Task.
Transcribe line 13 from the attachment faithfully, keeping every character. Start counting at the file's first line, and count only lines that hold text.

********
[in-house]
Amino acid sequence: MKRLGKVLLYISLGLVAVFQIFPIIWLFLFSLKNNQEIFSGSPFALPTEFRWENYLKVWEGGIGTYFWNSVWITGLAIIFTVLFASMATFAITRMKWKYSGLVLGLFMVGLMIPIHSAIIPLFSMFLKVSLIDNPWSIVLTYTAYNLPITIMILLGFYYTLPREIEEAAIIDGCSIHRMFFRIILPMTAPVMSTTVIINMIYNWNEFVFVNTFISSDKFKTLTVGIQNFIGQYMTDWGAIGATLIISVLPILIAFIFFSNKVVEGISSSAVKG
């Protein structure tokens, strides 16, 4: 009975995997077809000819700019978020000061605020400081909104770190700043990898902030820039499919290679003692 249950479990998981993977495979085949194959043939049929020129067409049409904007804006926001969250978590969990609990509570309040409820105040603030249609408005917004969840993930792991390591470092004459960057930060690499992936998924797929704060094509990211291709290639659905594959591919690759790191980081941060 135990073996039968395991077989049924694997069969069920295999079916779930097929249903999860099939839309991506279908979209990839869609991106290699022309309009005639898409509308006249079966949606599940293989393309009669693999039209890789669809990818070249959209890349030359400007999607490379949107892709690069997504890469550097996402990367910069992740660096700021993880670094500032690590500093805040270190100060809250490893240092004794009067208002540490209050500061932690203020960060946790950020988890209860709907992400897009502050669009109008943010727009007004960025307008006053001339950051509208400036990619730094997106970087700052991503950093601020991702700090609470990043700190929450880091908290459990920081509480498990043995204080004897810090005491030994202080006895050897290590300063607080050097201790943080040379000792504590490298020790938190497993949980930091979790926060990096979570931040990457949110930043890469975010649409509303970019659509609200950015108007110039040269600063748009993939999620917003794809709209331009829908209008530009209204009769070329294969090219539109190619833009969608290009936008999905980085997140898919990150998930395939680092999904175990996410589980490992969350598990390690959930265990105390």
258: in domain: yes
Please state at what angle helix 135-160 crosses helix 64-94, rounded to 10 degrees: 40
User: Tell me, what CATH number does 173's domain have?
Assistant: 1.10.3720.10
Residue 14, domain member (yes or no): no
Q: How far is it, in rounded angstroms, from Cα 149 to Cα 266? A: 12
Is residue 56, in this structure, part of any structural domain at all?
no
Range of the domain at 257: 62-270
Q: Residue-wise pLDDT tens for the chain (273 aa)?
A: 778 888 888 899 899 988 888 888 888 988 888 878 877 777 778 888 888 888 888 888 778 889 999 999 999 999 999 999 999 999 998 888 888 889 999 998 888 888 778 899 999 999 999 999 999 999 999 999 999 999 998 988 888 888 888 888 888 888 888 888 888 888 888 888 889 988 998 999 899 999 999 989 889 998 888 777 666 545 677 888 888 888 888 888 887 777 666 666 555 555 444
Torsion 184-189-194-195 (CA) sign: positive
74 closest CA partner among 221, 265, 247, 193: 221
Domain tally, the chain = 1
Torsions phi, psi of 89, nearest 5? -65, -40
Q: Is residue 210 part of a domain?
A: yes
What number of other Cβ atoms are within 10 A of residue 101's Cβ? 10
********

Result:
Q: Residue-wise pLDDT tens for the chain (273 aa)?